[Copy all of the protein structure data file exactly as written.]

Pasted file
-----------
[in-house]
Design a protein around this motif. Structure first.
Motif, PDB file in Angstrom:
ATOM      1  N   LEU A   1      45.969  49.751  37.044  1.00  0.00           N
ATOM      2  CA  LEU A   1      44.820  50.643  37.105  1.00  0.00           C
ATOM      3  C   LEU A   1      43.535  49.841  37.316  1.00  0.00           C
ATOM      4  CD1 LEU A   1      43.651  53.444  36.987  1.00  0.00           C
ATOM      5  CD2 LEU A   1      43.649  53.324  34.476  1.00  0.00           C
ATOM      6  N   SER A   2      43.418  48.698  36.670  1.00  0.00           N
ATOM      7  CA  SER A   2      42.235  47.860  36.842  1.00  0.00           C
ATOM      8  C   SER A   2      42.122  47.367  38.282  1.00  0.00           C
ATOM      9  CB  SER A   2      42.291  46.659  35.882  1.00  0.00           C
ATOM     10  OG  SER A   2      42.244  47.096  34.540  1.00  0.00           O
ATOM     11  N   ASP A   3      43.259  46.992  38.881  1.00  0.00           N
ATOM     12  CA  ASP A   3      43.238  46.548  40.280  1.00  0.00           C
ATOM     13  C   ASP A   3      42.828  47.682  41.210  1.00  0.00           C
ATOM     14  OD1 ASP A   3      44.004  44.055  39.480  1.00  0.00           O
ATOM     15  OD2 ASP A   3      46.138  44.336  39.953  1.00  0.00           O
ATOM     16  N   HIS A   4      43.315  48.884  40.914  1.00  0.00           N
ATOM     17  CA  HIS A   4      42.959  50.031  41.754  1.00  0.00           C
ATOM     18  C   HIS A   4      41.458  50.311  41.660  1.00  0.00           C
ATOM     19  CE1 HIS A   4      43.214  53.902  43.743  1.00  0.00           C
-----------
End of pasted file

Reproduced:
[in-house]
Design a protein around this motif. Structure first.
Motif, PDB file in Angstrom:
ATOM      1  N   LEU A   1      45.969  49.751  37.044  1.00  0.00           N
ATOM      2  CA  LEU A   1      44.820  50.643  37.105  1.00  0.00           C
ATOM      3  C   LEU A   1      43.535  49.841  37.316  1.00  0.00           C
ATOM      4  CD1 LEU A   1      43.651  53.444  36.987  1.00  0.00           C
ATOM      5  CD2 LEU A   1      43.649  53.324  34.476  1.00  0.00           C
ATOM      6  N   SER A   2      43.418  48.698  36.670  1.00  0.00           N
ATOM      7  CA  SER A   2      42.235  47.860  36.842  1.00  0.00           C
ATOM      8  C   SER A   2      42.122  47.367  38.282  1.00  0.00           C
ATOM      9  CB  SER A   2      42.291  46.659  35.882  1.00  0.00           C
ATOM     10  OG  SER A   2      42.244  47.096  34.540  1.00  0.00           O
ATOM     11  N   ASP A   3      43.259  46.992  38.881  1.00  0.00           N
ATOM     12  CA  ASP A   3      43.238  46.548  40.280  1.00  0.00           C
ATOM     13  C   ASP A   3      42.828  47.682  41.210  1.00  0.00           C
ATOM     14  OD1 ASP A   3      44.004  44.055  39.480  1.00  0.00           O
ATOM     15  OD2 ASP A   3      46.138  44.336  39.953  1.00  0.00           O
ATOM     16  N   HIS A   4      43.315  48.884  40.914  1.00  0.00           N
ATOM     17  CA  HIS A   4      42.959  50.031  41.754  1.00  0.00           C
ATOM     18  C   HIS A   4      41.458  50.311  41.660  1.00  0.00           C
ATOM     19  CE1 HIS A   4      43.214  53.902  43.743  1.00  0.00           C